Just to state the blindingly obvious:
- Atheists are defined by what they are not, not by what they are. They are "not theists".
- Most atheists are confident that they have no need of the god idea to answer the big questions of life.
- Most atheists don't feel the need for any label beyond this and they feel no need to proselytise or campaign about it.
- Most atheists are not members of anything merely because they are atheists - many are simply "not joiners".
- Most atheists are not members of the British Humanist Association - it would have millions of members if they were.
- Most atheists adopt a "live and let live" approach to religion - though they get annoyed when terrible things are done in the name of religion or when religion tries to poke its nose into people's personal or sexual lives.
- Most atheists are confident that most young people will reject religion eventually - despite what they are told at school - though they feel uncomfortable with schools which deny children a free and informed choice by promoting a single world view.
- Most people are apatheists, they don't think about it much (they have probably not thought about it since their last RE lesson!), it has no relevance to their day-to-day lives and they don't label themselves as religious or as atheists.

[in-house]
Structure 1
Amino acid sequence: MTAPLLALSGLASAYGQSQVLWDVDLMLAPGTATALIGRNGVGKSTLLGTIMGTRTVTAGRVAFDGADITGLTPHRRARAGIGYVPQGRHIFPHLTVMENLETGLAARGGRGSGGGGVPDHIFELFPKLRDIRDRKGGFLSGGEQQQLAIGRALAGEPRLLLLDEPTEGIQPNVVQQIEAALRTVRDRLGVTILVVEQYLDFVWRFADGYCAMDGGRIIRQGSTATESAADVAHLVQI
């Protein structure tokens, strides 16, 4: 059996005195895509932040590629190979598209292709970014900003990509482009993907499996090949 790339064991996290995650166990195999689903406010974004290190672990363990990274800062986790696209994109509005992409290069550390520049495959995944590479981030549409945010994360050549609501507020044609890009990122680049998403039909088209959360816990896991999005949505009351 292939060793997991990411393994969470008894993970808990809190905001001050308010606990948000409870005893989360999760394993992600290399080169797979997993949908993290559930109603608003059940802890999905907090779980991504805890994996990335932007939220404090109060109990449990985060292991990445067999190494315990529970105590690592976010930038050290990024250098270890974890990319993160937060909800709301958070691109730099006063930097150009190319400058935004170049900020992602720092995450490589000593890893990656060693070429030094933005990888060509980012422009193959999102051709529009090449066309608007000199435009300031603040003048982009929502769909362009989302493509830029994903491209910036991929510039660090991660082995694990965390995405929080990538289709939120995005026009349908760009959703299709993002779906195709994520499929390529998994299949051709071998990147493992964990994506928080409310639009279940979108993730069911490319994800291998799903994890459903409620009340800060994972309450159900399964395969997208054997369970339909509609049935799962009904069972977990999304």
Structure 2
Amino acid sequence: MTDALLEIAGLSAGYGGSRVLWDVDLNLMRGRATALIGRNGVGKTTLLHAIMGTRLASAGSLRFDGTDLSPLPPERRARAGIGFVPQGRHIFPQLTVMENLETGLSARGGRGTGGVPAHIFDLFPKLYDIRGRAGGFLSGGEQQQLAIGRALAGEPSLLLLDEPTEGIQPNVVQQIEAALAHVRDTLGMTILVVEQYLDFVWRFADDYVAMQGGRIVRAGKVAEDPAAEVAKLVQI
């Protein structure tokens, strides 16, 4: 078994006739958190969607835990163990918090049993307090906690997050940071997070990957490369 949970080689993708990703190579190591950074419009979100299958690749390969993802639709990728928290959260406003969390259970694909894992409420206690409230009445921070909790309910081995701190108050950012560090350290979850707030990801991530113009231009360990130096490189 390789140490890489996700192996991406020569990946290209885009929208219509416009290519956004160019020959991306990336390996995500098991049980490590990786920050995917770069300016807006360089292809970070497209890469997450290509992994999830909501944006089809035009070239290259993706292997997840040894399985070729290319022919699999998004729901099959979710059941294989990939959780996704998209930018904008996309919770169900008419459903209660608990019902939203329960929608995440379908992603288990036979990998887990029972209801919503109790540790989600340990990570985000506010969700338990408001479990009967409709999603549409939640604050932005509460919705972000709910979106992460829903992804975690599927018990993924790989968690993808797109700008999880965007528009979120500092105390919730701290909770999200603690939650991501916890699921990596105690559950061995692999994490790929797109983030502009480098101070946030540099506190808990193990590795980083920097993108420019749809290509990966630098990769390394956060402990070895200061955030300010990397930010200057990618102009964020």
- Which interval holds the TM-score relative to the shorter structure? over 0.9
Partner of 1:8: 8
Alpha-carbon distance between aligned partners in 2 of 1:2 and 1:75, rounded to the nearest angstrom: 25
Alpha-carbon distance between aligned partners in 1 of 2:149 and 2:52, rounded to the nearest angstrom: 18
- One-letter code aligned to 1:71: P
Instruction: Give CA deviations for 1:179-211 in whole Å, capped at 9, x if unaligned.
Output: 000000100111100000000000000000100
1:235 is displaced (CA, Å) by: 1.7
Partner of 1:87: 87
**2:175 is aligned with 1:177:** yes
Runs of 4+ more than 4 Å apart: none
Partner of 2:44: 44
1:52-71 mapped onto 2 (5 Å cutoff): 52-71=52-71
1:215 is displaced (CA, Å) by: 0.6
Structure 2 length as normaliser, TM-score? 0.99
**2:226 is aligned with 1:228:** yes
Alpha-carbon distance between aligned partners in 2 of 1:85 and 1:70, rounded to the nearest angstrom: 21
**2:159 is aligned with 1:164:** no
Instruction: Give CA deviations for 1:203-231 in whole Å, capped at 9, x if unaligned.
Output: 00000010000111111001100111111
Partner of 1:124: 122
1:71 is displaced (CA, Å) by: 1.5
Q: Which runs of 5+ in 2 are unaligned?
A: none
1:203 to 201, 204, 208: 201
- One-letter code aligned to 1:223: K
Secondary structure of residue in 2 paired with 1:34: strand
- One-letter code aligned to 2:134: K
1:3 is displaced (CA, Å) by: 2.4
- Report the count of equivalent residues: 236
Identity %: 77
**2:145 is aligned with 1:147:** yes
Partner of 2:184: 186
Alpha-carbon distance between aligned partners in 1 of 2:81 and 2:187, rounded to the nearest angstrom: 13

The "system" can't handle atheists
How do you pigeon-hole someone who says "I am just me" and when asked "do you believe in god(s)?" just says "no"?
The system, (national and local government, institutions, organisations) finds it impossible to deal with people who refuse to be labelled.
The system likes "representative organisations" which it can deal with on an "organisation to organisation" model. It prefers organisations with recognisable hierarchies with "leaders" and "representatives" it can negotiate with. The classic example is national and local government dealing with "community leaders" when those leaders are self-appointed with no democratic structure or mandate behind them.
Here is a simple and true example.
- X approaches his local SACRE and asks if the SACRE has anyone representing a non-theist world view
- X is told "no".
- X asks "can I represent secularism?"
- X is told "no, because that is a political point of view."
- X asks "can I represent my fellow non-theists as an atheist?"
- X is told "no, because there is no atheist world view, there is no such thing as atheism and there is no representative organisation for atheists."
- X calls the BHA, returns to the SACRE, and asks "can I represent Humanism?"
- X is told "maybe. Do you have a faith?"
- X says "no".
- X is told "this is a problem. Are you sure you don't have faith in anything?"
- X says "well, I have faith in my fellow human beings to help lead a happy and responsible life without god and religions."
- X is told "that will do. Welcome to the SACRE."
- Through the efforts of X, and others, "a non-theist world view, for example, Humanism" becomes part of the local Agreed Syllabus for RE.
X has not changed in all of this but has been forced to adopt a label, "Humanism", so that his non-theist world views can be heard.
The problem with organisations
National organisations need a name and a structure and they tend to be centralised, usually in London. Frequently such organisations find themselves laying down a centralised "party line."